Sean Howe’s Marvel Comics: The Untold Story tells of the somewhat
contentious “changing of the guard” after Roy Thomas informed Stan
Lee he was resigning his position as Marvel’s editor-in-chief. In
assorted configurations, the candidates to replace Roy were Gerry
Conway, Len Wein and Marv Wolfman. I have no comment on whether or
not Howe’s published account is accurate. What I can tell you is
that there was a fourth candidate. Kind of sort of.
The relatively few years I lived in New York City were borderline
crazy for me. I worked hard. I played hard. I got burned out on
the city quickly. I wanted to be back in Cleveland.
When I write about my life in New York, I exercise a great deal of
caution. Some of what I experienced seems so fantastic to me that
I question if I’m remembering it correctly. Before I write about
that time, I consult whatever notes and/or papers I still have from
those years and, when those don’t satisfy my standards of accuracy,
I ask people who knew me what they remember.
For years, I have been telling close friends about the “changing of
the guard,” my truncated role in those events and what I believed
were the reasons for that truncated role. But writing about these
things demanded I reexamine those events and, when necessary, reduce
certainty to conjecture. That said, here’s my best assessment or,
if you prefer, speculation. on what happened with me.
I believe I was a “stealth candidate” to be Marvel’s new editor-in-
chief. I don’t believe Roy knew this and I’m becoming increasingly
convinced Gerry, Marv and Len didn’t know this either. Nor can I
believe that Gerry, Marv and Len had anything at all to do with my
not getting the job...which contradicts what I was told at the time
by someone I now think was working their own angle. If you’re
expecting a name here, don’t hold your breath.
Here’s what I am “I was there” certain of...
Sol Brodsky and John Verpooten asked me to meet with them. It may
have been in Sol’s office during lunch or after hours. My memory
is foggy on this, though I am sure no one else was hanging around
at the time of this meeting.
I already knew, not from Roy, that Roy was leaving his editor-in-
chief position. I don’t think Roy knew I knew and I wouldn’t have
brought it up to him in any case. It was his business, even though
I would be sorry to see him go.
Sol and John asked me what I would do if I were Marvel’s editor-in-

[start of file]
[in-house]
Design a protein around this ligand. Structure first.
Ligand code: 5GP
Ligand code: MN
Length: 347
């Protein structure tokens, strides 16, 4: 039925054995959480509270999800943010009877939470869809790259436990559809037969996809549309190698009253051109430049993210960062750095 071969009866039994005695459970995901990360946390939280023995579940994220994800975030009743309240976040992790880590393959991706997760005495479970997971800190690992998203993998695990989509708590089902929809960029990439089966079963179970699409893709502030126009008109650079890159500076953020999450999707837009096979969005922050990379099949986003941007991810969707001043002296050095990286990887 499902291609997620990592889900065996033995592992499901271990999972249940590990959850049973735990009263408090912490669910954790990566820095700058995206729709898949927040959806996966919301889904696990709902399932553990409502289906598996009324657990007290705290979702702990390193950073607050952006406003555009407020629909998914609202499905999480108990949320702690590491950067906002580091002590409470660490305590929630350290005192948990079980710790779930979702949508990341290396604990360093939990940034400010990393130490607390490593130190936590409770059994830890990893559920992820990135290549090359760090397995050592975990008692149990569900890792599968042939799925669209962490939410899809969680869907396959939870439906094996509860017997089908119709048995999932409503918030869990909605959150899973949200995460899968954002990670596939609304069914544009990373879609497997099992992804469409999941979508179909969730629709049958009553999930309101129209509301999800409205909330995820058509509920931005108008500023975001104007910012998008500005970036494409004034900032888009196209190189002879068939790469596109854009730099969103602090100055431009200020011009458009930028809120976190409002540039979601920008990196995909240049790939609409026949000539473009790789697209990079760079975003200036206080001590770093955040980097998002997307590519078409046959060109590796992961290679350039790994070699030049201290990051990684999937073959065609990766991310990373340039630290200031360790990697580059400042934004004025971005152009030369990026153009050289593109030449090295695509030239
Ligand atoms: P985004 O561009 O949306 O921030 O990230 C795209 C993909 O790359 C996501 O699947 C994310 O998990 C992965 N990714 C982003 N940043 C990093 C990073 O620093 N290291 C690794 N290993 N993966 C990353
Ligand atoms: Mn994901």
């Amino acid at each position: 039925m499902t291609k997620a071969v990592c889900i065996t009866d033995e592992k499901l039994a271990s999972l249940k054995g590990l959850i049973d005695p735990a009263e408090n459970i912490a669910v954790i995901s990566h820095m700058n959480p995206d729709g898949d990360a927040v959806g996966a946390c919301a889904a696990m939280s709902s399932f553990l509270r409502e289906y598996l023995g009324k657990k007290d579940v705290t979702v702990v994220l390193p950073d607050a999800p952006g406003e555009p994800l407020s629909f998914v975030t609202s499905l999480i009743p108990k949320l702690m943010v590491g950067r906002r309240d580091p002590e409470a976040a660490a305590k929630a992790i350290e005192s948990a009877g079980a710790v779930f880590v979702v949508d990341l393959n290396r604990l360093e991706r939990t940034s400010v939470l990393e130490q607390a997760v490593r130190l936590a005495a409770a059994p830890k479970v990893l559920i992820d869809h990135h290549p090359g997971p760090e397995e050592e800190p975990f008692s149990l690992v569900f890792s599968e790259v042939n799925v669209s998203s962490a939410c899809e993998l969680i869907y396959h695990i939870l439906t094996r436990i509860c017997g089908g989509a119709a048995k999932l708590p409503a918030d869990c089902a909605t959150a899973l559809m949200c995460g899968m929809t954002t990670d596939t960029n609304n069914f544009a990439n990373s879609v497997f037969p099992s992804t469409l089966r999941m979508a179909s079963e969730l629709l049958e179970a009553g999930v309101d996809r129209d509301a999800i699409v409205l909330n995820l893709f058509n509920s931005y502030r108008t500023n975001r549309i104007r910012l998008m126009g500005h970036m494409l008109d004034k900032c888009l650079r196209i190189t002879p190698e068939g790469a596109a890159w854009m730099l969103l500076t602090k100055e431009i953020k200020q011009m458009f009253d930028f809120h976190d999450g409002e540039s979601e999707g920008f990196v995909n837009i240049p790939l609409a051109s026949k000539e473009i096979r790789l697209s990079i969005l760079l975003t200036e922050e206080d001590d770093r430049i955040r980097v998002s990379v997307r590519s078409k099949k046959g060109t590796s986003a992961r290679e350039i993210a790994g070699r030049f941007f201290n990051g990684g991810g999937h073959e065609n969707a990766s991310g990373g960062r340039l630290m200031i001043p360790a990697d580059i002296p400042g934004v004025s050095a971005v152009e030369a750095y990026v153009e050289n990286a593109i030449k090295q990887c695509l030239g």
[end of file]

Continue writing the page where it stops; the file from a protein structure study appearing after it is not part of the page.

chief. Which stunned me. I thought of myself as “the new kid” and
didn’t think I was qualified for the job. Maybe I could handle the
creative end of things okay, but I was way out of my league when it
came to the business and production aspects of the job.
I told them I didn’t think the editor-in-chief should be competing
with the other writers. I would want to do some writing - it was,
after all, my first love - but I thought the top titles had to be
earned and not seized by virtue of rank. Stan and Roy had surely
earned the right to write whatever they wanted. Their successors,
not so much.
John asked how much writing I would want to do. I told him I would
like to remain on Ghost Rider, which seemed like it was heading to
monthly publication. I told him I would write a second comic each
month and it would be whatever comic book he needed me to write to
ease his production schedule. If the writer of The Pulse-Pounding
Potato-Man was late, I would write an issue of The Pulse-Pounding
Potato-Man. Any writing beyond Ghost Rider and the fill-in script
would be anthology stories or special projects stuff that wouldn’t
have deadlines. This answer pleased John greatly.
I said Marvel needed to be realistic about how much work we could
get from the writers and artists we had, find ways to use them in
the most effective and stress-free manner and actively recruit new
writers and artists. I thought we would need to hire someone just
for recruitment and development purposes.
I stressed that I was pretty much an idiot when it came to business
and production matters. They both said they would teach me whatever
I had to know and help me along the way. As they saw it, I would
be both the editor-in-chief and their student. The thought of me
in that job scared the crap out of me, but I told them I would do
it if that’s what they thought was best for Marvel.
That night, I confided all of the above to the actress I was dating
at the time. She was excited, mostly because it meant I would need
a new and more professional wardrobe and she would get to take me
shopping. That relationship is another one of my untold stories of